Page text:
Friday, June 13, 2008

Don't Use Bad Arguments

"It brings no honour to God to resort to dubious arguments in his defence!" -Colin Brown, Philosophy and the Christian Faith, p. 272.

Perhaps driven by the mentality of a fast-food culture that demands instant everything or simply an honest desire to win people to Christ, there is at times an apologetic tendency of expediency that results in the use of flawed approaches and arguments. While flawed arguments may in fact have a positive apologetic impact despite their shortcomings, we should never knowingly utilize poor arguments.

We must also avoid offering simplistic answers to complex issues such as the problem of evil and suffering in relation to Christian theism. Many such issues are multi-faceted and are not served well by quick and easy answers.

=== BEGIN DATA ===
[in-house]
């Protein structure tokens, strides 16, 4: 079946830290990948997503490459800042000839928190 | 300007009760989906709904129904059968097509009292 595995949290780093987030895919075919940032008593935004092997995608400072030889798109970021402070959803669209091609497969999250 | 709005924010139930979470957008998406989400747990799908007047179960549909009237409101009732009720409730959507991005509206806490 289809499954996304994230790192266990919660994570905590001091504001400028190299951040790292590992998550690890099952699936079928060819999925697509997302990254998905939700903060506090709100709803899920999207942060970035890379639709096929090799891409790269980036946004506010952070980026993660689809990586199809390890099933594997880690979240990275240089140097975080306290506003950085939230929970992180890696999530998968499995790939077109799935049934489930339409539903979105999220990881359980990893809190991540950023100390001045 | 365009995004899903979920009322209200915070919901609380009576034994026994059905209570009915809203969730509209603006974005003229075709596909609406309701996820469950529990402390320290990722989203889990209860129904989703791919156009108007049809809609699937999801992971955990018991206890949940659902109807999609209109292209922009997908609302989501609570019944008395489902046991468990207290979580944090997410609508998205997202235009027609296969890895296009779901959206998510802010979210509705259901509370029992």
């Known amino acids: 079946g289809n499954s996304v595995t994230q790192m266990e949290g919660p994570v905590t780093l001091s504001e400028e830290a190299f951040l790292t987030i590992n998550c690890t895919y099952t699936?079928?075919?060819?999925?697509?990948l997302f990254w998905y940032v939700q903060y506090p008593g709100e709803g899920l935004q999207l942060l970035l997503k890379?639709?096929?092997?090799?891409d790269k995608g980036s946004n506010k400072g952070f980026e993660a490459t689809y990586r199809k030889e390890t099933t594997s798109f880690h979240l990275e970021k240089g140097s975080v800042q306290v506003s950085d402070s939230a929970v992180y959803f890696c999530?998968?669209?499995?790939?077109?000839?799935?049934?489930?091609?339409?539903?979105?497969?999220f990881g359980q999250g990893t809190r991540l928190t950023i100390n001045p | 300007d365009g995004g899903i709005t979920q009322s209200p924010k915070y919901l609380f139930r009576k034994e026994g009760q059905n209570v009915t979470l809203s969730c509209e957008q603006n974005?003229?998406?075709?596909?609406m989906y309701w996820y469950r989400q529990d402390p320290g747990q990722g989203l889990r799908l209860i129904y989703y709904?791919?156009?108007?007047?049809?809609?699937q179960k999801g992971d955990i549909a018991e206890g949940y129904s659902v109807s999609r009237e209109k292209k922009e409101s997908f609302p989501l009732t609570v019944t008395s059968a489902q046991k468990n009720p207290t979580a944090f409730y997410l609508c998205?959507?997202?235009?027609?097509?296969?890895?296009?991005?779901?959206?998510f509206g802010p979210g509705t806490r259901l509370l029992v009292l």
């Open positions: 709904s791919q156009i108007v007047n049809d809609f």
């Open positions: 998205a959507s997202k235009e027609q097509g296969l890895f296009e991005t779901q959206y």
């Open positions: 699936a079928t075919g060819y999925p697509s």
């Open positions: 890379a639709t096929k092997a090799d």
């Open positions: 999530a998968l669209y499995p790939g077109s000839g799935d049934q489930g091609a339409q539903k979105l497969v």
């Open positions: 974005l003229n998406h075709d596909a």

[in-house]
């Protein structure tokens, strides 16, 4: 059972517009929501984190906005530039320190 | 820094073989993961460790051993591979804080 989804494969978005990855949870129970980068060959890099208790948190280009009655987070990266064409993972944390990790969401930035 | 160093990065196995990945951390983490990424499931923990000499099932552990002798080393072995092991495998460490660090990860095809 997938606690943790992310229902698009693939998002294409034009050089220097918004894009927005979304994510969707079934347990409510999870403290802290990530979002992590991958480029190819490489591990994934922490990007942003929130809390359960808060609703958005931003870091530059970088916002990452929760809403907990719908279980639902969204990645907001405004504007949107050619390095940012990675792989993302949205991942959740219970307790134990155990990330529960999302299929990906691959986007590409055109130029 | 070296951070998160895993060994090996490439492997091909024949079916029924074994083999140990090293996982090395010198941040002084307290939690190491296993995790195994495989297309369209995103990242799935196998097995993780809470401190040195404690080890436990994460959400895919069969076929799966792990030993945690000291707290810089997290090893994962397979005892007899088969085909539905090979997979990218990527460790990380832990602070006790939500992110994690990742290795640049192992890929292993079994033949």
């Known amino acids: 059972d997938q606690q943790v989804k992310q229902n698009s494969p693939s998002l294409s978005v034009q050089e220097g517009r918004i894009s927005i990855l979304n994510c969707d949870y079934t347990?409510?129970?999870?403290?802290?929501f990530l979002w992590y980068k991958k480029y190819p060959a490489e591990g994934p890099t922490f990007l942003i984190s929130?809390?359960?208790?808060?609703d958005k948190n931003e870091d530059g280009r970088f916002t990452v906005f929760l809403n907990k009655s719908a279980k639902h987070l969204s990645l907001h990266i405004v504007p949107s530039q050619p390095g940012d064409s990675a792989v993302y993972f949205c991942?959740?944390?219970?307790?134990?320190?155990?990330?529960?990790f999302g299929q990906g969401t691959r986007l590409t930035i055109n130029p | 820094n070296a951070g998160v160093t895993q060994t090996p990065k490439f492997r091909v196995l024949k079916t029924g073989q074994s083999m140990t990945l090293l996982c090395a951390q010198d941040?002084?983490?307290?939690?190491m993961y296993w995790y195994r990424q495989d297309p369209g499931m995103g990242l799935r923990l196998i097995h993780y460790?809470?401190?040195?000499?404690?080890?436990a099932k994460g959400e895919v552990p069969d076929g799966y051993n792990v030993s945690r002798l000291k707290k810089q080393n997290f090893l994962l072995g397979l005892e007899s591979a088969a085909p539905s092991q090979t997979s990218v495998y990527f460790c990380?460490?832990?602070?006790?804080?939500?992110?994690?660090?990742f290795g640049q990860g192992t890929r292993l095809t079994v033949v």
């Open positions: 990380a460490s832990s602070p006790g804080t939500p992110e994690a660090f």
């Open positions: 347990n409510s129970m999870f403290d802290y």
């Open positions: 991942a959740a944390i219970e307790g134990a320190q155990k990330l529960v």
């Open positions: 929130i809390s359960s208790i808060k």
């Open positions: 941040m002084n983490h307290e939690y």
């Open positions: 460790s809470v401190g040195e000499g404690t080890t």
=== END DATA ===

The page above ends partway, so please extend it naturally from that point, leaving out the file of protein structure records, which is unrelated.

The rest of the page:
Integrity is also central to a well-rounded apologetic approach. We should not try to trick anyone or offer flawed evidence in the hopes of accomplishing a greater good.

Years ago Robert Bowman, Jr. wrote an article ("Indefensible Defenses") on the topic of how not to do apologetics. In it, he writes, "many believers, in their zeal to defend biblical truth, have embraced arguments that are themselves indefensible."

Later he adds, "Apologetics is supposed to demonstrate the truth of Christianity--that is, to show that it is both factual and reasonable. If, then, appeal is made to 'facts' that are falsehoods, or to lines of reasoning that are illogical, Christianity is made to appear dubious ... If we are to be faithful to the God of truth, we must present Christianity in as truthful a manner as we can ... Bad arguments for Christianity, then, are more trouble than they are worth. Fallacious arguments discredit Christianity to those who see the logical errors."

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